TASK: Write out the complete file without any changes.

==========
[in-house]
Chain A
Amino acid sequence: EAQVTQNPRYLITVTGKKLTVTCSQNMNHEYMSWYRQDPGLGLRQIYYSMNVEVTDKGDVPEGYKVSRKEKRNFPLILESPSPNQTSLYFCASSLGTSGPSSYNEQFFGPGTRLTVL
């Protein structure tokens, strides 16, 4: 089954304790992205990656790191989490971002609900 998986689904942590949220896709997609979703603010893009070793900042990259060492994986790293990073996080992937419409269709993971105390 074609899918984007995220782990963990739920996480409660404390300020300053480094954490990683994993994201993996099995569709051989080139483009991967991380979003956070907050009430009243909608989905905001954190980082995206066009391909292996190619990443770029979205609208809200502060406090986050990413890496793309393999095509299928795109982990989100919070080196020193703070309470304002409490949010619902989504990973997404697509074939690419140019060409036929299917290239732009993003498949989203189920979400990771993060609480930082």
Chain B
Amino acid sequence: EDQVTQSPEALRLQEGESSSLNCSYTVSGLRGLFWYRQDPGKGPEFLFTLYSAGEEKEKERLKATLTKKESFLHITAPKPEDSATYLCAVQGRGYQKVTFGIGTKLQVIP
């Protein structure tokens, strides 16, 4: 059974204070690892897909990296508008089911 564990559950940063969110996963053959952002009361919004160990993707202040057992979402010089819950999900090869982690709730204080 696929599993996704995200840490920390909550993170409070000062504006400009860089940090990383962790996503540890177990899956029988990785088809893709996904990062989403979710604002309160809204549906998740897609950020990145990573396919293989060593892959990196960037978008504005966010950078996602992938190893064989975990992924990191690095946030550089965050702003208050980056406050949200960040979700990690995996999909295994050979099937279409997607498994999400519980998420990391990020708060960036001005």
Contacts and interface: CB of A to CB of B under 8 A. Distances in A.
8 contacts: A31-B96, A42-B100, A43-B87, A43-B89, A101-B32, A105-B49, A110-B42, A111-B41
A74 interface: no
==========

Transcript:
[in-house]
Chain A
Amino acid sequence: EAQVTQNPRYLITVTGKKLTVTCSQNMNHEYMSWYRQDPGLGLRQIYYSMNVEVTDKGDVPEGYKVSRKEKRNFPLILESPSPNQTSLYFCASSLGTSGPSSYNEQFFGPGTRLTVL
């Protein structure tokens, strides 16, 4: 089954304790992205990656790191989490971002609900 998986689904942590949220896709997609979703603010893009070793900042990259060492994986790293990073996080992937419409269709993971105390 074609899918984007995220782990963990739920996480409660404390300020300053480094954490990683994993994201993996099995569709051989080139483009991967991380979003956070907050009430009243909608989905905001954190980082995206066009391909292996190619990443770029979205609208809200502060406090986050990413890496793309393999095509299928795109982990989100919070080196020193703070309470304002409490949010619902989504990973997404697509074939690419140019060409036929299917290239732009993003498949989203189920979400990771993060609480930082």
Chain B
Amino acid sequence: EDQVTQSPEALRLQEGESSSLNCSYTVSGLRGLFWYRQDPGKGPEFLFTLYSAGEEKEKERLKATLTKKESFLHITAPKPEDSATYLCAVQGRGYQKVTFGIGTKLQVIP
């Protein structure tokens, strides 16, 4: 059974204070690892897909990296508008089911 564990559950940063969110996963053959952002009361919004160990993707202040057992979402010089819950999900090869982690709730204080 696929599993996704995200840490920390909550993170409070000062504006400009860089940090990383962790996503540890177990899956029988990785088809893709996904990062989403979710604002309160809204549906998740897609950020990145990573396919293989060593892959990196960037978008504005966010950078996602992938190893064989975990992924990191690095946030550089965050702003208050980056406050949200960040979700990690995996999909295994050979099937279409997607498994999400519980998420990391990020708060960036001005």
Contacts and interface: CB of A to CB of B under 8 A. Distances in A.
8 contacts: A31-B96, A42-B100, A43-B87, A43-B89, A101-B32, A105-B49, A110-B42, A111-B41
A74 interface: no